Well-considered and flexible processes and practices support the responsive transition of learners and their families into the kindergarten and on to Te Rā School. Children with additional learning needs are well supported and nurtured through collaboration with whānau and external agencies. An inclusive environment is evident.

Highly respectful relationships are evident within the centre and with families and whānau. Deliberate strategies build purposeful partnerships with families. Seeking and responding to parents’ aspirations is well-considered. Continuing to gather whānau input to inform the strategic direction should support ongoing developments.

A reflective and improvement-focused culture is strongly evident throughout the centre. Review is an established process that supports ongoing improvement. Continuing to build internal evaluation practices to effectively guide decision-making that leads to improved outcomes for children is a next step.

The kindergarten has coherent systems and processes to build teacher capacity aligned to kindergarten priorities. The appraisal process provides good support for teacher development. It incorporates the Teaching Council's requirements. Suitable mentoring and induction processes are in place to support provisionally registered teachers to meet requirements to be fully certificated.

Some sound governance and management practices are in place. Regular reporting about key aspects of operation, including health and safety, is undertaken at various levels of Te Rā School. A next step for governance is to ensure that all policies are regularly reviewed. In addition development of a strategic plan outlining long term priorities and implementing the actions from the Te Rawhiti Early Childhood Education Internal Review. The recruitment of a kaiārahi (kindergarten co-ordinator), should strengthen the sustainability of operation.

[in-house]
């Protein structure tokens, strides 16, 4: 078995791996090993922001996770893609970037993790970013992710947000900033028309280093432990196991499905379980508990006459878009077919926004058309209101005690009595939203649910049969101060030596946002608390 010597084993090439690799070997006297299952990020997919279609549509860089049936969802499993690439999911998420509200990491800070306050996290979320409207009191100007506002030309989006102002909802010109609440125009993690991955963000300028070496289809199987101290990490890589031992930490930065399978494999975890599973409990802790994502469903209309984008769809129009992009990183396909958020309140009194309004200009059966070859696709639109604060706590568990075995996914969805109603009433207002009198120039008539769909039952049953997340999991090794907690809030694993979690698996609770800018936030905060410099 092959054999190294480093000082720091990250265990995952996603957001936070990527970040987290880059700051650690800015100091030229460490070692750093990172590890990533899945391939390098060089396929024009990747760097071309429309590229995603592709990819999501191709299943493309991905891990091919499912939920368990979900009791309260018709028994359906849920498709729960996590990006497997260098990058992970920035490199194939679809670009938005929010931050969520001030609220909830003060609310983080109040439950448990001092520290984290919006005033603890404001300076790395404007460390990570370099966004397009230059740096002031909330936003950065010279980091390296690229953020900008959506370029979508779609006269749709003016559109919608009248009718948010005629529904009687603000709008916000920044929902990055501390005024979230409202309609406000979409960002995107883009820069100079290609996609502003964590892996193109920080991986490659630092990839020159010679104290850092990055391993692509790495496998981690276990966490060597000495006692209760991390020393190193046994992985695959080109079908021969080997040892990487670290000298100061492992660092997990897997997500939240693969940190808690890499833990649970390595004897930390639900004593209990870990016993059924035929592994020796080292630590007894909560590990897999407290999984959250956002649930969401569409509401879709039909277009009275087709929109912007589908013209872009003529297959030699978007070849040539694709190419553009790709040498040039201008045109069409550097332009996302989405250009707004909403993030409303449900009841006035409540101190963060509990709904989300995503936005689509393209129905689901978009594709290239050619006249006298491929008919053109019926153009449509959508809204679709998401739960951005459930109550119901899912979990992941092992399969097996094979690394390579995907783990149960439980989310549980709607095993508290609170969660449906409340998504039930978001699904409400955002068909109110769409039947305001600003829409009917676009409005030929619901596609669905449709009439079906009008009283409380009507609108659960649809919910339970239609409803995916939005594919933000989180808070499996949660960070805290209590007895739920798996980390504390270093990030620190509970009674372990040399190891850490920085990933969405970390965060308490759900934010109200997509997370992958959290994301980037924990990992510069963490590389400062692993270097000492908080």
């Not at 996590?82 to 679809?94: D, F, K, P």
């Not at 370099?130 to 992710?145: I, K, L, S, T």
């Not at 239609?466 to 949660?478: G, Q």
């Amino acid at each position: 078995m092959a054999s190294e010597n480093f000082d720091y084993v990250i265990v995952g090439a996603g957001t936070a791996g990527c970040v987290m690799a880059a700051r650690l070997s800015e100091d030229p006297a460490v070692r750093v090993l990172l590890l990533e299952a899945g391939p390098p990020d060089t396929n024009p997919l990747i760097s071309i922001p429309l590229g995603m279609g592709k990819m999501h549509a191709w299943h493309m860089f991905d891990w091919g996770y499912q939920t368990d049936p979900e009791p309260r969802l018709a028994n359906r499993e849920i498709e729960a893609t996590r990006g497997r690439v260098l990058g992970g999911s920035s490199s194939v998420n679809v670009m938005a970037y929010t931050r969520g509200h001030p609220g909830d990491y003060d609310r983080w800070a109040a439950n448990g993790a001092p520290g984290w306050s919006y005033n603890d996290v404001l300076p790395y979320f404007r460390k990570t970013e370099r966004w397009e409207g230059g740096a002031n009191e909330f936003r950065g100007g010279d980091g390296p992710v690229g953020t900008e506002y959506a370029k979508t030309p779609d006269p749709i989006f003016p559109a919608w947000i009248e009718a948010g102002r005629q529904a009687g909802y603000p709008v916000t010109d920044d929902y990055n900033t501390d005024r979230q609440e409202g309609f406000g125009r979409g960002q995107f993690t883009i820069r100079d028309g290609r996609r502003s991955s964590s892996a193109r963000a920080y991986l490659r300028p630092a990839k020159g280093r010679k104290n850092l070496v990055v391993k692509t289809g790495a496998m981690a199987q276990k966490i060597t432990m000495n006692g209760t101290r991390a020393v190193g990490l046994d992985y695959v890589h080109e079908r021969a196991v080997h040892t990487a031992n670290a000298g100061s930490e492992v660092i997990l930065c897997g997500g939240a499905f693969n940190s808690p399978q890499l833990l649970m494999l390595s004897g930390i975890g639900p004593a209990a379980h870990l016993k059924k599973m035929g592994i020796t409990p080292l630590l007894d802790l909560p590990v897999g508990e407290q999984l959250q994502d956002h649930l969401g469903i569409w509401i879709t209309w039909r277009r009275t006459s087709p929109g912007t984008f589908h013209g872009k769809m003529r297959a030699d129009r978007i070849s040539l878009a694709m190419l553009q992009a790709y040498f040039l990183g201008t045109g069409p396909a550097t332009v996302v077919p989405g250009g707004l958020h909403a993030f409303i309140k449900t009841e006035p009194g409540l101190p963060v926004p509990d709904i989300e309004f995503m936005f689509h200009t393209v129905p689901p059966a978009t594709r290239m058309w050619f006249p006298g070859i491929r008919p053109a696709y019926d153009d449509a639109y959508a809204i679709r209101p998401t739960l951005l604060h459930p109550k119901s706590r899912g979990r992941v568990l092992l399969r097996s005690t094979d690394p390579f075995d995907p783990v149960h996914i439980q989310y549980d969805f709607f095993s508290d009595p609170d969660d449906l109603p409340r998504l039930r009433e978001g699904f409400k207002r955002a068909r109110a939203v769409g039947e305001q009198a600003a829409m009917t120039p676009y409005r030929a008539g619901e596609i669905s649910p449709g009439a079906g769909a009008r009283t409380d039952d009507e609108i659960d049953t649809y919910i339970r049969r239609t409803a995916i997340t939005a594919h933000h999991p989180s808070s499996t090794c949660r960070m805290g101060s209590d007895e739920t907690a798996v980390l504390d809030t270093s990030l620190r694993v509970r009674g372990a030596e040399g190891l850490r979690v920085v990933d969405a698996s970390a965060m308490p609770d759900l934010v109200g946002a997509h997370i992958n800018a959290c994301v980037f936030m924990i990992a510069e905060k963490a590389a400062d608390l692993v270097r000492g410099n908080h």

Key Next Steps

Priorities for development are to continue to strengthen use of:

  • assessment information to plan children's next learning steps

  • internal evaluation.

The Kāpiti Waldorf Trust should:

  • prioritise implementation of actions from the Te Rawhiti Kindergarten internal review

  • develop a cycle of review for all policies.

Management Assurance on Legal Requirements

Before the review, the staff and management of Te Rawhiti Kindergarten completed an ERO Centre Assurance Statement and Self-Audit Checklist. In these documents they attested that they have taken all reasonable steps to meet their legal obligations related to:

  • curriculum
  • premises and facilities
  • health and safety practices
  • governance, management and administration.

During the review, ERO looked at the service’s systems for managing the following areas that have a potentially high impact on children's wellbeing:

  • emotional safety (including positive guidance and child protection)

  • physical safety (including supervision; sleep procedures; accidents; medication; hygiene; excursion policies and procedures)

  • suitable staffing (including qualification levels; police vetting; teacher registration; ratios)

  • evacuation procedures and practices for fire and earthquake.

All early childhood services are required to promote children's health and safety and to regularly review their compliance with legal requirements.

Next ERO Review

When is ERO likely to review the service again?

The next ERO review of Te Rawhiti Kindergarten will be in three years.

Alan Wynyard

Director Review and Improvement Services Southern